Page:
That's either hilarious or ironic, I'll have to consult Alana Morissette to make sure.

There were rumors the Rays had claimed Raul Ibanez this week, but it turned out to be the Tigers, who couldn't consummate the deal.

The deadline has now passed, so unless Tampa has another trick up their sleeve, possibly hiding out in Durham, the extended honeymoon may be over.

It's possible that top prospect David Price could get called up soon and help out the bullpen or the rotation. Price is one of the few can't-miss prospects that could make an impact this September.

But outside of Carlos Pena, there's really no power there and while B. J. Upton can steal a million bases, he was benched again Friday night for not hustling, the second time in as many weeks.

But already, the Rays have set a franchise record. People are coming to that hideous dome and watching games in a sterile environment and they really have built this thing the right way.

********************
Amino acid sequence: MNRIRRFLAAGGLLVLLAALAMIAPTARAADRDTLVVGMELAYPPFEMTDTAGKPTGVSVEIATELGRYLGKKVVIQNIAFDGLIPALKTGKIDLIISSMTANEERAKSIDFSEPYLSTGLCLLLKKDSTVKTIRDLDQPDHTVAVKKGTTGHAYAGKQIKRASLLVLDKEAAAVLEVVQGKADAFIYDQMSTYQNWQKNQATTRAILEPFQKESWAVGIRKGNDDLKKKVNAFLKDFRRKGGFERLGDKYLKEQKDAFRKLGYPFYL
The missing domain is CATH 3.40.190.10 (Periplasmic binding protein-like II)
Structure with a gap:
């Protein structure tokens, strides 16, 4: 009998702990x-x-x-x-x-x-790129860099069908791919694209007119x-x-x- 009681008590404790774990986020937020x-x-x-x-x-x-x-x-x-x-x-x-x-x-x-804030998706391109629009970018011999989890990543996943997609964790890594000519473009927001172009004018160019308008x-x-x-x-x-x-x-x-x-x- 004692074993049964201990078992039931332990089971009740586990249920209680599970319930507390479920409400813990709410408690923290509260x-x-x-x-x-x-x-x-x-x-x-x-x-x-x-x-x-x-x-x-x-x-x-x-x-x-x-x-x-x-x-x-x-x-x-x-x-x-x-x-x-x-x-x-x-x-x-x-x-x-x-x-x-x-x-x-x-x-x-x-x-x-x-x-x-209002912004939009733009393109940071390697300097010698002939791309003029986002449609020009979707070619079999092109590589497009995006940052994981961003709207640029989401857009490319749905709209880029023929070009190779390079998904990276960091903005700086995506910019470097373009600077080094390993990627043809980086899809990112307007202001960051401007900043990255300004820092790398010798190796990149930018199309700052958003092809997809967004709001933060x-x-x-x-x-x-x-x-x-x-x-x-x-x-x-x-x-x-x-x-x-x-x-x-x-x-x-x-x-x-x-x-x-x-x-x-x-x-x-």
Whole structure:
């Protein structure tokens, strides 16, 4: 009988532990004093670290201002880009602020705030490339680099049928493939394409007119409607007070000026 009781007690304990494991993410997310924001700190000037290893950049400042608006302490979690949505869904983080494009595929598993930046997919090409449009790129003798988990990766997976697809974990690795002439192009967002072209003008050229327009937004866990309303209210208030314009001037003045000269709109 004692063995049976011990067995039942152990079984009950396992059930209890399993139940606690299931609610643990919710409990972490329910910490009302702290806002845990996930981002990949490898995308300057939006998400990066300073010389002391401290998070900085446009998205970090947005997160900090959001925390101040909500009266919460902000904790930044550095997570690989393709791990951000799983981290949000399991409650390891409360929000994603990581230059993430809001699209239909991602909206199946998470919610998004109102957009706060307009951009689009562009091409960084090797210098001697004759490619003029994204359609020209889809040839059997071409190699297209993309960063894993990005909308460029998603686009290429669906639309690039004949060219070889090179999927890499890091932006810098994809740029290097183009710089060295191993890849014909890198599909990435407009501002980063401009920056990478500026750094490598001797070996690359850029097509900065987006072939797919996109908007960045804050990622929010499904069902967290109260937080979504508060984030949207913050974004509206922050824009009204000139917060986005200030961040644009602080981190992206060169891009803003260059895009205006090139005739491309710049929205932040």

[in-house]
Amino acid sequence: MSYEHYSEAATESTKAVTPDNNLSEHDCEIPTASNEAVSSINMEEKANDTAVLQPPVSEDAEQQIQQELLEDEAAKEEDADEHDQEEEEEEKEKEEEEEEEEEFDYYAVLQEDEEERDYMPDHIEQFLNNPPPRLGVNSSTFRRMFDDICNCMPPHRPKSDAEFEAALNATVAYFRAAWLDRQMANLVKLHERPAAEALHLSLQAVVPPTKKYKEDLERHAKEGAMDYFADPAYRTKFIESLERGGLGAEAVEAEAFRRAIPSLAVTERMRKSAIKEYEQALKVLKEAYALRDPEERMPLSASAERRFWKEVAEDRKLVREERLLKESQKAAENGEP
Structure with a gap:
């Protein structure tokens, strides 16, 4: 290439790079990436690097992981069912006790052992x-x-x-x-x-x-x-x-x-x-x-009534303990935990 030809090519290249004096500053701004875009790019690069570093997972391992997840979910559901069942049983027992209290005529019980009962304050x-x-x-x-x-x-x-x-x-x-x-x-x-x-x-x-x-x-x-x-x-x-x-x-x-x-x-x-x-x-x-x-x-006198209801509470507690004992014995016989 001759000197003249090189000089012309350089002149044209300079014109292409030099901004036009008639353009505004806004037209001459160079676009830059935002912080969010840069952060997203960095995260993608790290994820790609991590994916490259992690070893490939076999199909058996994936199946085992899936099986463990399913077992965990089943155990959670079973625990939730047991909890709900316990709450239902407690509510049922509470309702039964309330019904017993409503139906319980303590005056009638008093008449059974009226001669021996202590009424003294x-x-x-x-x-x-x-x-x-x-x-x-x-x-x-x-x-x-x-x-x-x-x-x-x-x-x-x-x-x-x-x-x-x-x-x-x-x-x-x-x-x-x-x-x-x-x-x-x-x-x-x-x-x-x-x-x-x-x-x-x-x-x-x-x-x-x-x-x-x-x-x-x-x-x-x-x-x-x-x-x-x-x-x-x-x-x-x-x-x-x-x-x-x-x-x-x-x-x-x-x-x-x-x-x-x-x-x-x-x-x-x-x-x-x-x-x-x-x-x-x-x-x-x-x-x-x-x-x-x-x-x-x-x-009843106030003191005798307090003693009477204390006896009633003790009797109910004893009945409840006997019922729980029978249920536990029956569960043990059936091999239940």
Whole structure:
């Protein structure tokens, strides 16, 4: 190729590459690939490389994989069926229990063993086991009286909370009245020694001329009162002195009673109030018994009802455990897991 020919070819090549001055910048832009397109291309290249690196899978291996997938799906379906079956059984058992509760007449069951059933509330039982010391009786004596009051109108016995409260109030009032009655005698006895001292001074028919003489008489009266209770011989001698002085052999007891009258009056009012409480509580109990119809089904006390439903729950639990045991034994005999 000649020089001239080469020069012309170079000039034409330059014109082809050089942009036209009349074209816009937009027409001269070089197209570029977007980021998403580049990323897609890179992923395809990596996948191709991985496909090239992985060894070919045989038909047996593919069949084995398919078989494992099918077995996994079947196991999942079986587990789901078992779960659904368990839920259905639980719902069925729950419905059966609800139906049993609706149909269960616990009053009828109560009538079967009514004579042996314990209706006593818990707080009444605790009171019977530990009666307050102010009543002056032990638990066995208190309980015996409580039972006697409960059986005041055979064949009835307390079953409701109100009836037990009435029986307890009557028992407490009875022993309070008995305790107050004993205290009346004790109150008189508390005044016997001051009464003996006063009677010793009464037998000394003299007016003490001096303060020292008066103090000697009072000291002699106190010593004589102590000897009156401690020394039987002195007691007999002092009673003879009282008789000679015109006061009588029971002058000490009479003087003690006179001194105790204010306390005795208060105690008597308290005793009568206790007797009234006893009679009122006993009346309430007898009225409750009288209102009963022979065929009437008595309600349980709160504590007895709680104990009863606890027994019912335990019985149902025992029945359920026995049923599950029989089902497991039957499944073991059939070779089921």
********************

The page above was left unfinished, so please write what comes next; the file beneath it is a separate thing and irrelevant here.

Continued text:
Hopefully, we'll see them in October, but I think we're looking at the Red Sox, Angels, White Sox and Twins this fall.

Friday, August 15, 2008

For Cards fan, all is Wellemeyer

He's 6-foot-3 and throws 94-mph gas.

Yet, the Chicago Cubs, after three season, gave up on him, as his ERA was never below 5.92.

Then the Royals grabbed him, threw him in their bullpen, but after a half season of decent relief work decided they'd ship him to the Marlins.

The Marlins, after 18 games, had had enough. You can have him back, K.C. 

Thanks, anyway.

The Royals trot him out 12 times and after he compiles a 10.34 ERA says goodbye.

That in a nutshell is Todd Wellmeyer.

And like the St. Louis Cardinals have done time and time again, they grab a guy off the scrap heap -- correction, buried underneath the scrap heap -- and resurrect his career.

See Jeff Weaver, Joel Pineiero, Jeff Supan, Braden Looper, etc. The list goes on and on.